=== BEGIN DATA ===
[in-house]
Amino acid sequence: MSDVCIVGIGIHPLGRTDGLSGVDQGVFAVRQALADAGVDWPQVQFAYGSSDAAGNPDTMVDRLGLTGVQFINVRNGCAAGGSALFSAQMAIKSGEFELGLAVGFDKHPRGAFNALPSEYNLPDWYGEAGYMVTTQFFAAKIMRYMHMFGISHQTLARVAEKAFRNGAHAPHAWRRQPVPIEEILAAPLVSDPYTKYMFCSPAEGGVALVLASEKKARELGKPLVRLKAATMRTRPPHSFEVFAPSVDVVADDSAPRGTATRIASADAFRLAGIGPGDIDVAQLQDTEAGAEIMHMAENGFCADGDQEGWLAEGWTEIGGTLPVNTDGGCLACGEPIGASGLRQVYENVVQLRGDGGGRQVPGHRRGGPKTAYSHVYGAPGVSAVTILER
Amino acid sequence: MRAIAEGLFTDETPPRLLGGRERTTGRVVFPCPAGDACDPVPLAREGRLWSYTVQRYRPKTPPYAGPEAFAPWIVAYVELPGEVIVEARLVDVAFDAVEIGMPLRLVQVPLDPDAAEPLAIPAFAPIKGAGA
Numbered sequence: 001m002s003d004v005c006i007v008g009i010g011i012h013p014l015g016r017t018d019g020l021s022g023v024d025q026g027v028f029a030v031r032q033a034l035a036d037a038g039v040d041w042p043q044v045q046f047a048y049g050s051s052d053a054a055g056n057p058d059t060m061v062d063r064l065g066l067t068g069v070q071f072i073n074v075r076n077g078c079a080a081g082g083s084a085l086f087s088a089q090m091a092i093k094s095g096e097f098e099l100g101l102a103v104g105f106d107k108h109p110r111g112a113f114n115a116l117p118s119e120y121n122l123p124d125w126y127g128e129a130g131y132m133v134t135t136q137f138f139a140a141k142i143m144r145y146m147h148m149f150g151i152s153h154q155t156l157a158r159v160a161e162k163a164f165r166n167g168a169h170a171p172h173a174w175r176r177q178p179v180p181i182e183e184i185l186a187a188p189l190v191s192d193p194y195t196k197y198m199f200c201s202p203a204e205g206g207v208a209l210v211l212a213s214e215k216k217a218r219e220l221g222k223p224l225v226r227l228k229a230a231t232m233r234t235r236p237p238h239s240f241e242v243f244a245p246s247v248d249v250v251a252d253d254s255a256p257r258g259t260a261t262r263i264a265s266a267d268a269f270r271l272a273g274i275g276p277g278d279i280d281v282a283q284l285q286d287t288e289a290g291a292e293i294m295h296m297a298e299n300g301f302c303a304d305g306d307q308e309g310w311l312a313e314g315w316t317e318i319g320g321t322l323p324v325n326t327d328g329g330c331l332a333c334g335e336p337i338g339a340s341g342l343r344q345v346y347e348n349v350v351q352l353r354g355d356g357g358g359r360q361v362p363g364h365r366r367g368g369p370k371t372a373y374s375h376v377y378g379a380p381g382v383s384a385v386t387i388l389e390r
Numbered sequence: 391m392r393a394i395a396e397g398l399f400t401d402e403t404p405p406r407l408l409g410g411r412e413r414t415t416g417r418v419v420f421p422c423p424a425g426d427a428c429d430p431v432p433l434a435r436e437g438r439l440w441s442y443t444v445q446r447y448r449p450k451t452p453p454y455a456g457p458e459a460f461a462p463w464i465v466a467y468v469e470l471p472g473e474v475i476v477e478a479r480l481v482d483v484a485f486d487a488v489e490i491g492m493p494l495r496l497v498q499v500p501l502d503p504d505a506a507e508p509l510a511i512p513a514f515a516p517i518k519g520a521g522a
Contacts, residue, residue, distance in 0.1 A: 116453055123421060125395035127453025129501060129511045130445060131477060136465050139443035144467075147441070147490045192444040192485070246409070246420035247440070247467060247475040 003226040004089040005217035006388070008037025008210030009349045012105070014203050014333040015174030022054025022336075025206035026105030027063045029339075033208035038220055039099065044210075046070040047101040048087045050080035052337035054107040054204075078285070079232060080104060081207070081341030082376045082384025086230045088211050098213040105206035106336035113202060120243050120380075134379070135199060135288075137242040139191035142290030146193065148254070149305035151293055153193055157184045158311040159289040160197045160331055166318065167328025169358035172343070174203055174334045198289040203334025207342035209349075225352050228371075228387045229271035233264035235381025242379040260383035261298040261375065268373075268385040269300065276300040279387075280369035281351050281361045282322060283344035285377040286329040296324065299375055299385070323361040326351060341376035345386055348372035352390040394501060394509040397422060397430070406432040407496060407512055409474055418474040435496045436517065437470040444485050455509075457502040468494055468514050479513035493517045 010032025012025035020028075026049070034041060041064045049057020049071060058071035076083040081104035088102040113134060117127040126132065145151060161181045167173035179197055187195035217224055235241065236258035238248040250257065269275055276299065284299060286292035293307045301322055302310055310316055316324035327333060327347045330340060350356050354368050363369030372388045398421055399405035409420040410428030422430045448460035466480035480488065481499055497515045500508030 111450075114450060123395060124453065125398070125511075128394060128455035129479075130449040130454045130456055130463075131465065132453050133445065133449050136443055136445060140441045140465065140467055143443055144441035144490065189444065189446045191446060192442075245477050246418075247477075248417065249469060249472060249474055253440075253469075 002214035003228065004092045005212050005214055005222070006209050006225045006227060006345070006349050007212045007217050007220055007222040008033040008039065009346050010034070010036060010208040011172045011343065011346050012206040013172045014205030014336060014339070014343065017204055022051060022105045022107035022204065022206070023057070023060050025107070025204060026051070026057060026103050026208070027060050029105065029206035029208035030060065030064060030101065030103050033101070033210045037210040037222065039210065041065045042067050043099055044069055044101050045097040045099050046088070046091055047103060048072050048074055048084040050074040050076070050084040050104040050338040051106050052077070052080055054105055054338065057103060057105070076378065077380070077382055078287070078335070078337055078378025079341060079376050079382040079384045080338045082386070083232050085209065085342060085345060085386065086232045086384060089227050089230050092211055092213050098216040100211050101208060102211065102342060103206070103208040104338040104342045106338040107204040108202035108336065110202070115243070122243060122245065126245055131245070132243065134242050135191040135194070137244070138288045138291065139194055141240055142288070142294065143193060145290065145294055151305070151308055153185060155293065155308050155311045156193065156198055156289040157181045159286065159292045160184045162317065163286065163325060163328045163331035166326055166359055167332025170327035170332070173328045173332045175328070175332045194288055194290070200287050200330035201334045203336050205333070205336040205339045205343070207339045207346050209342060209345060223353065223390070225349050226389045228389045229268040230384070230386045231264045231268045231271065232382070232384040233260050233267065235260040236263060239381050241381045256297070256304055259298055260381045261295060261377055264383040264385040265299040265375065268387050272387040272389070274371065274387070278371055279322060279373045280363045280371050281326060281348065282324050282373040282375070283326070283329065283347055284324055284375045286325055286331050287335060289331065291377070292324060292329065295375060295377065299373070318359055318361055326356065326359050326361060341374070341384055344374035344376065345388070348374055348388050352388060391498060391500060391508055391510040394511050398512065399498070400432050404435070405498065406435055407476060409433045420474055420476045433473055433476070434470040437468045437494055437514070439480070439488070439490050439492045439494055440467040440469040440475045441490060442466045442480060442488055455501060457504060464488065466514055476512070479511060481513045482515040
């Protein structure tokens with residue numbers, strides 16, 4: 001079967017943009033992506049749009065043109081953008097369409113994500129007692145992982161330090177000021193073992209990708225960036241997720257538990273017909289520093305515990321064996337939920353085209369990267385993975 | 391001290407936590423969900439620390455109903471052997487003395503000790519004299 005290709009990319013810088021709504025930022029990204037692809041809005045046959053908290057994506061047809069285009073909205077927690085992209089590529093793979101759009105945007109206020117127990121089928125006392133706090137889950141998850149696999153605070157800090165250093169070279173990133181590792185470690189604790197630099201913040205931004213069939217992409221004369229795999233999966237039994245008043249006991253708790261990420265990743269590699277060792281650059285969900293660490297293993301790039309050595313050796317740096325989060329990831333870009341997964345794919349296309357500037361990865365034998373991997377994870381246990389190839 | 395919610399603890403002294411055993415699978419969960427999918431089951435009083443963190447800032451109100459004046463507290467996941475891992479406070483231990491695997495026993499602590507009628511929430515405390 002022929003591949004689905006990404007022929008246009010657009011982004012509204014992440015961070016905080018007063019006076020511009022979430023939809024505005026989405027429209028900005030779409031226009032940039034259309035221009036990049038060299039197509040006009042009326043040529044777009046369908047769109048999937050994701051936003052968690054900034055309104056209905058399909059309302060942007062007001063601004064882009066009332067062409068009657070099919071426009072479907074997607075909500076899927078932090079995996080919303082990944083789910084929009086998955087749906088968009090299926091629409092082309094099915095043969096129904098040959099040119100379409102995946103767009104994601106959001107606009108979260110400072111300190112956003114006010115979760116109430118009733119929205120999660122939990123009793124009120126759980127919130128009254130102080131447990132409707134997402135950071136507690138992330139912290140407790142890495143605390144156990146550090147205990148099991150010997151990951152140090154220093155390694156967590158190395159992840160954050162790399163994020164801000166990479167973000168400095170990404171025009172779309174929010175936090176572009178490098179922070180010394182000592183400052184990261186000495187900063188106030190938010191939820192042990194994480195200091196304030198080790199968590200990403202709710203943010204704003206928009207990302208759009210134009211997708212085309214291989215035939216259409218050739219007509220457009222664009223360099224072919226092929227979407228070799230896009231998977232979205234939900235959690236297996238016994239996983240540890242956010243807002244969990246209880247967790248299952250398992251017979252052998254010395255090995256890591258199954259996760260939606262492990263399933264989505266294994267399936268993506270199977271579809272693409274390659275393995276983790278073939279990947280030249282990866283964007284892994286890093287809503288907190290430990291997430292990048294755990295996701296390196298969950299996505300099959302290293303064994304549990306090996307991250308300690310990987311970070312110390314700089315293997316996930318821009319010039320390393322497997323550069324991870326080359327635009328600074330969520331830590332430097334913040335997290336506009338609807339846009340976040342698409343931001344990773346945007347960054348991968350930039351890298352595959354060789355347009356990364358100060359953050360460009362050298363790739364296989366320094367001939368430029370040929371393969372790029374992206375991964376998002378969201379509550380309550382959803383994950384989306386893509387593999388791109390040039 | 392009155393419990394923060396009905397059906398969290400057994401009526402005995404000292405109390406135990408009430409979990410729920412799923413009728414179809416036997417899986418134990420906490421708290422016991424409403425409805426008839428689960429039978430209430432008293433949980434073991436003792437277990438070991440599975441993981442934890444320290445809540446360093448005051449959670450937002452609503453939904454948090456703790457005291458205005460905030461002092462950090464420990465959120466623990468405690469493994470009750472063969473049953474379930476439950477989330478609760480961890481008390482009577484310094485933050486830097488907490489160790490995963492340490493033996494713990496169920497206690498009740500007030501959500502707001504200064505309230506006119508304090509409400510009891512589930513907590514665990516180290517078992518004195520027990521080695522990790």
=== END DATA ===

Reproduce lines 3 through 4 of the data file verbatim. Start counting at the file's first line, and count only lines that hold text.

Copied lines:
Amino acid sequence: MRAIAEGLFTDETPPRLLGGRERTTGRVVFPCPAGDACDPVPLAREGRLWSYTVQRYRPKTPPYAGPEAFAPWIVAYVELPGEVIVEARLVDVAFDAVEIGMPLRLVQVPLDPDAAEPLAIPAFAPIKGAGA
Numbered sequence: 001m002s003d004v005c006i007v008g009i010g011i012h013p014l015g016r017t018d019g020l021s022g023v024d025q026g027v028f029a030v031r032q033a034l035a036d037a038g039v040d041w042p043q044v045q046f047a048y049g050s051s052d053a054a055g056n057p058d059t060m061v062d063r064l065g066l067t068g069v070q071f072i073n074v075r076n077g078c079a080a081g082g083s084a085l086f087s088a089q090m091a092i093k094s095g096e097f098e099l100g101l102a103v104g105f106d107k108h109p110r111g112a113f114n115a116l117p118s119e120y121n122l123p124d125w126y127g128e129a130g131y132m133v134t135t136q137f138f139a140a141k142i143m144r145y146m147h148m149f150g151i152s153h154q155t156l157a158r159v160a161e162k163a164f165r166n167g168a169h170a171p172h173a174w175r176r177q178p179v180p181i182e183e184i185l186a187a188p189l190v191s192d193p194y195t196k197y198m199f200c201s202p203a204e205g206g207v208a209l210v211l212a213s214e215k216k217a218r219e220l221g222k223p224l225v226r227l228k229a230a231t232m233r234t235r236p237p238h239s240f241e242v243f244a245p246s247v248d249v250v251a252d253d254s255a256p257r258g259t260a261t262r263i264a265s266a267d268a269f270r271l272a273g274i275g276p277g278d279i280d281v282a283q284l285q286d287t288e289a290g291a292e293i294m295h296m297a298e299n300g301f302c303a304d305g306d307q308e309g310w311l312a313e314g315w316t317e318i319g320g321t322l323p324v325n326t327d328g329g330c331l332a333c334g335e336p337i338g339a340s341g342l343r344q345v346y347e348n349v350v351q352l353r354g355d356g357g358g359r360q361v362p363g364h365r366r367g368g369p370k371t372a373y374s375h376v377y378g379a380p381g382v383s384a385v386t387i388l389e390r